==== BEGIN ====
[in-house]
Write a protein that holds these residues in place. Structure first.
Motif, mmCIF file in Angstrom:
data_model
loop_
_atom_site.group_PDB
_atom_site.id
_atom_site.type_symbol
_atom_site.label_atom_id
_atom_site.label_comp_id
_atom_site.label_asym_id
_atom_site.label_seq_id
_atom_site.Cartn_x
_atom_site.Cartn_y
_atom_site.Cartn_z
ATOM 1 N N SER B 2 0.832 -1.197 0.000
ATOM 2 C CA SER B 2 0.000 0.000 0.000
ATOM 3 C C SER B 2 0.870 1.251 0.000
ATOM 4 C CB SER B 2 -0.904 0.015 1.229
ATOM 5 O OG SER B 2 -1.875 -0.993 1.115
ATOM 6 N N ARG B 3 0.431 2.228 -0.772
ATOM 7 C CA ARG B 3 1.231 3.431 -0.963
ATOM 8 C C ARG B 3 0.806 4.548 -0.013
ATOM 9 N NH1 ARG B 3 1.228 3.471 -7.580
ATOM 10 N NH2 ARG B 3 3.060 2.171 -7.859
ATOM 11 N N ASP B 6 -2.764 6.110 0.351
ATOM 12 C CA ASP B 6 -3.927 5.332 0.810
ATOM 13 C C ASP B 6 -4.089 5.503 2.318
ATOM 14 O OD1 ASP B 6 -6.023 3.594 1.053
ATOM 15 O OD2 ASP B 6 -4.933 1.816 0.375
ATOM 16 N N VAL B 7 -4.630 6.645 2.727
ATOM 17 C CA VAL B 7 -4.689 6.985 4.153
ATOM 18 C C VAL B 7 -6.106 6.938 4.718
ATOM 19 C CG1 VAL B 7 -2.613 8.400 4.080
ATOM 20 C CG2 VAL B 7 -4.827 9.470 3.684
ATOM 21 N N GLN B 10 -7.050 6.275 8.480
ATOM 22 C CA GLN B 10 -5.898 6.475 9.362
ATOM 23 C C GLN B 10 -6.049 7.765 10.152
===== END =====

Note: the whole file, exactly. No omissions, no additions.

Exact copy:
[in-house]
Write a protein that holds these residues in place. Structure first.
Motif, mmCIF file in Angstrom:
data_model
loop_
_atom_site.group_PDB
_atom_site.id
_atom_site.type_symbol
_atom_site.label_atom_id
_atom_site.label_comp_id
_atom_site.label_asym_id
_atom_site.label_seq_id
_atom_site.Cartn_x
_atom_site.Cartn_y
_atom_site.Cartn_z
ATOM 1 N N SER B 2 0.832 -1.197 0.000
ATOM 2 C CA SER B 2 0.000 0.000 0.000
ATOM 3 C C SER B 2 0.870 1.251 0.000
ATOM 4 C CB SER B 2 -0.904 0.015 1.229
ATOM 5 O OG SER B 2 -1.875 -0.993 1.115
ATOM 6 N N ARG B 3 0.431 2.228 -0.772
ATOM 7 C CA ARG B 3 1.231 3.431 -0.963
ATOM 8 C C ARG B 3 0.806 4.548 -0.013
ATOM 9 N NH1 ARG B 3 1.228 3.471 -7.580
ATOM 10 N NH2 ARG B 3 3.060 2.171 -7.859
ATOM 11 N N ASP B 6 -2.764 6.110 0.351
ATOM 12 C CA ASP B 6 -3.927 5.332 0.810
ATOM 13 C C ASP B 6 -4.089 5.503 2.318
ATOM 14 O OD1 ASP B 6 -6.023 3.594 1.053
ATOM 15 O OD2 ASP B 6 -4.933 1.816 0.375
ATOM 16 N N VAL B 7 -4.630 6.645 2.727
ATOM 17 C CA VAL B 7 -4.689 6.985 4.153
ATOM 18 C C VAL B 7 -6.106 6.938 4.718
ATOM 19 C CG1 VAL B 7 -2.613 8.400 4.080
ATOM 20 C CG2 VAL B 7 -4.827 9.470 3.684
ATOM 21 N N GLN B 10 -7.050 6.275 8.480
ATOM 22 C CA GLN B 10 -5.898 6.475 9.362
ATOM 23 C C GLN B 10 -6.049 7.765 10.152